Known for his bon-vivant, ‘playboy’ manner and wanderlust, Emperor Khai Dinh (1885-1925) travelled to many places, both in Vietnam and in foreign countries. This explains his interest in various architectural styles in Vietnam as well as Gothic, Romanesque, Indian, and Buddhist styles, which can be seen clearly in his palaces, residences, and especially his tomb. Being the first Emperor of the Nguyen Dynasty to travel overseas (to Marseilles, France in 1922), the 12th reigning emperor was also the very first ‘traveller’ to explore Vietnam’s pristine and picturesque nature, such as Lang Co Bay, which was recognised as one of 30 most beautiful bays in the world by the Club of the World’s Best Bays (Worldbays) in 2009. After ascending the throne in 1916, Emperor Khai Dinh chose Lang Co Bay in modern-day Thua Thien Hue province for the location of his summer palace, Tinh Viem, and Chau Chu Mountain, on the outskirts of Hue, for his ‘house after death’ - the Ung Mausoleum (Ung Lang). Though the summer palace was totally destroyed during the movement against feudalism, the mausoleum miraculously survived through war despite the fact that the emperor was very much loathed by his people due to his close collaboration with the French occupiers.

The beauty of broken pieces

Starting in September 1920, the mausoleum features ceramic joinery and took eleven years to build and was the most expensive in the history of the Nguyen Dynasty because of the complexity and sophistication of its design and materials. Climbing 109 stone steps from the foot of the mountain is one interesting way to access the mausoleum. The mountain where Emperor Khai Dinh built his mausoleum was carefully selected based on ‘feng shui’. There were hills to the left and the right of the tomb, representing ‘Dragon in the Left’ and ‘White Tiger in the Right’, to protect him. The water in the Chau E Ravine at the front was to lighten the way, while the hill behind the tomb was said to be the emperor’s pillow.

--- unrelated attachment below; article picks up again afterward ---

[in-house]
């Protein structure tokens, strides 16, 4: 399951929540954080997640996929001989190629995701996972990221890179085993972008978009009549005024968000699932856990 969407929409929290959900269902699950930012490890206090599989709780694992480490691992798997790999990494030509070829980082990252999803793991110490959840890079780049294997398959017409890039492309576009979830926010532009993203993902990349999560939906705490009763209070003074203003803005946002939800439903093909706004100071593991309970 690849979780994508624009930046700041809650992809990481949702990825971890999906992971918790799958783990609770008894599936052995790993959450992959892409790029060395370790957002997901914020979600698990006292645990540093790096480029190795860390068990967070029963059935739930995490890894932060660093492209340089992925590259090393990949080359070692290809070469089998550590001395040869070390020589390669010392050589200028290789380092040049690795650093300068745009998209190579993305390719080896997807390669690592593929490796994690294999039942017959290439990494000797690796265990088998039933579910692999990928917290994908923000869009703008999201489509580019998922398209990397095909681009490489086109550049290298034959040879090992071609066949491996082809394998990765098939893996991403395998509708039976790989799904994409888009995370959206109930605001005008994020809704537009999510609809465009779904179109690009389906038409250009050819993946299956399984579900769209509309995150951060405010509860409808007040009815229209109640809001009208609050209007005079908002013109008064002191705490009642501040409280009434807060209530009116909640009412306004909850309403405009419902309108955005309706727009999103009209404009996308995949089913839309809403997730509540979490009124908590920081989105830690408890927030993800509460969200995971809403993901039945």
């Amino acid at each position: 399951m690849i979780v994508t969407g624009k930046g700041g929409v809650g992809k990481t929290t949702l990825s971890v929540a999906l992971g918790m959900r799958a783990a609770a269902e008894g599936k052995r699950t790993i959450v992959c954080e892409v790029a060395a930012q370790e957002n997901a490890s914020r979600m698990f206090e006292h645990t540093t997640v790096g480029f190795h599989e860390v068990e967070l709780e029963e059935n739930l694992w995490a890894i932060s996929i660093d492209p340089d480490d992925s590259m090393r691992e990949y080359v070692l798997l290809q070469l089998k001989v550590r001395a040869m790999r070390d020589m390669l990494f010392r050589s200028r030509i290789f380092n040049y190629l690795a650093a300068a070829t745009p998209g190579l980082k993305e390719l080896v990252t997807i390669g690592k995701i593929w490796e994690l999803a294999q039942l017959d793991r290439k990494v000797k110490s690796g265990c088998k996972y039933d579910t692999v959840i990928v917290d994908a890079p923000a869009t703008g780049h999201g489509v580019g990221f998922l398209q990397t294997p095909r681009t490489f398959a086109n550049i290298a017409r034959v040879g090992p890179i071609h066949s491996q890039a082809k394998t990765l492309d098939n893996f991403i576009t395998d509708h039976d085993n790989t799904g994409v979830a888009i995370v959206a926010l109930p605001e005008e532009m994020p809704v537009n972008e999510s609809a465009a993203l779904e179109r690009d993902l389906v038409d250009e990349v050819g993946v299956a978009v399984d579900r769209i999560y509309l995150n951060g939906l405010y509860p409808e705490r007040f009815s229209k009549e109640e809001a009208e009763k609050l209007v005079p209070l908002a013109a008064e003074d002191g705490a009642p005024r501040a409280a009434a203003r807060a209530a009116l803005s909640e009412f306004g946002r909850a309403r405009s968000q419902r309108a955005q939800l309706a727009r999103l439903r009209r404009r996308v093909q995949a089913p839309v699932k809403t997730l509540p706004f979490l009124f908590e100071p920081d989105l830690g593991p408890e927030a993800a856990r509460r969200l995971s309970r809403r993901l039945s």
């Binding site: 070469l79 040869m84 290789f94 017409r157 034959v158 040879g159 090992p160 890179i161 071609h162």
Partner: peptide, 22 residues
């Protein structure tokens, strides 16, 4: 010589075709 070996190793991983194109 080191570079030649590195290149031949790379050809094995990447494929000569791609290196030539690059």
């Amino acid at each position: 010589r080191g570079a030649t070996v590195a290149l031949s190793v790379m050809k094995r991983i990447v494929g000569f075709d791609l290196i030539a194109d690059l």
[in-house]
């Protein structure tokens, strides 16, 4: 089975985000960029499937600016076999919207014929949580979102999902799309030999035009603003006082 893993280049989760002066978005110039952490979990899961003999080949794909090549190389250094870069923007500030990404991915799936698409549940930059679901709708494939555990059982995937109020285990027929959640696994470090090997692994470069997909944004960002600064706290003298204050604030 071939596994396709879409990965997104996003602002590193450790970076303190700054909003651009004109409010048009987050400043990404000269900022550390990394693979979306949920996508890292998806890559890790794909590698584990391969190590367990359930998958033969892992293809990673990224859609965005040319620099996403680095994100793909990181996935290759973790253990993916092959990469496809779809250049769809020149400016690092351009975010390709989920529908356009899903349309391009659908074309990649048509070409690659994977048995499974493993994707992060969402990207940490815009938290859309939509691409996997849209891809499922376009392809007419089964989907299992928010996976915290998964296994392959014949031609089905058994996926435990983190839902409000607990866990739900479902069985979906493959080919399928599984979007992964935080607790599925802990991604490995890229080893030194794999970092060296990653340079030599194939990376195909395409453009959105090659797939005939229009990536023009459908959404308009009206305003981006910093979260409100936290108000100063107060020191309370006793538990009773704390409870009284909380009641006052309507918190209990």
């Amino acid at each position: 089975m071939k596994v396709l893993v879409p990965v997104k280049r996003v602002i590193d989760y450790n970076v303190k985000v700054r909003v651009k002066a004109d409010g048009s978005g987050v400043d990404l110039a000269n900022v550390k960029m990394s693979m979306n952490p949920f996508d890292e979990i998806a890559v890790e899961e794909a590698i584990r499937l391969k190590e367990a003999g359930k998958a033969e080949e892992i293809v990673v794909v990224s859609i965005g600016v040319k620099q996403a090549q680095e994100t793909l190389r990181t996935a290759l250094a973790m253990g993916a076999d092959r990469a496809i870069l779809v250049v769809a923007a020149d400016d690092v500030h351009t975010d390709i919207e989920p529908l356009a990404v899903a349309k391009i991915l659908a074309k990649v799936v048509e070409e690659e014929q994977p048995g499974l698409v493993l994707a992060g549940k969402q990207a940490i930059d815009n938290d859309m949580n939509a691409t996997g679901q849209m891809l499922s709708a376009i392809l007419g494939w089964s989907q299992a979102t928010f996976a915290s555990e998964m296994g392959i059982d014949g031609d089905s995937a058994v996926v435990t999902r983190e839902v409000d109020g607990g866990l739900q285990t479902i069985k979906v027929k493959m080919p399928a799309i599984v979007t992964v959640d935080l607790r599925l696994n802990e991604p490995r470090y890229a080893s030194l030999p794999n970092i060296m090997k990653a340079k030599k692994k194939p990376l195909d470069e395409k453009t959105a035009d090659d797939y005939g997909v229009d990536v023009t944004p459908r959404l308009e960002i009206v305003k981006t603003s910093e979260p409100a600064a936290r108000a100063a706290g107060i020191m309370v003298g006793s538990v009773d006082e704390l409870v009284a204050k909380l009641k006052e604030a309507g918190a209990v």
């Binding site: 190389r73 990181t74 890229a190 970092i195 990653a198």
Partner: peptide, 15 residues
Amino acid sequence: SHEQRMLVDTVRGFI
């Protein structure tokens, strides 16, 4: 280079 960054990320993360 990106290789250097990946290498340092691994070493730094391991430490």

The mausoleum was home to an imperial court, featuring columned gates influenced by Indian architecture, reinforced concrete steles in the shape of stupas in the Buddhist style, a stele pavilion supported by octagonal pillars with a Romanesque-style arch, and 12 stone statues representing bodyguards in a traditional Vietnamese design. Close to the top floor was the Thien Dinh Palace, the main building and consisting of five parts attached to one another and with intricately-designed glass and porcelain decorations on the walls, where craftsmen showcased their talent, were all intricately decorated with embossments joined by glass, ceramics and porcelain, which reflected the cultural and artistic values of the dynasty, historical transition, and the emperor himself.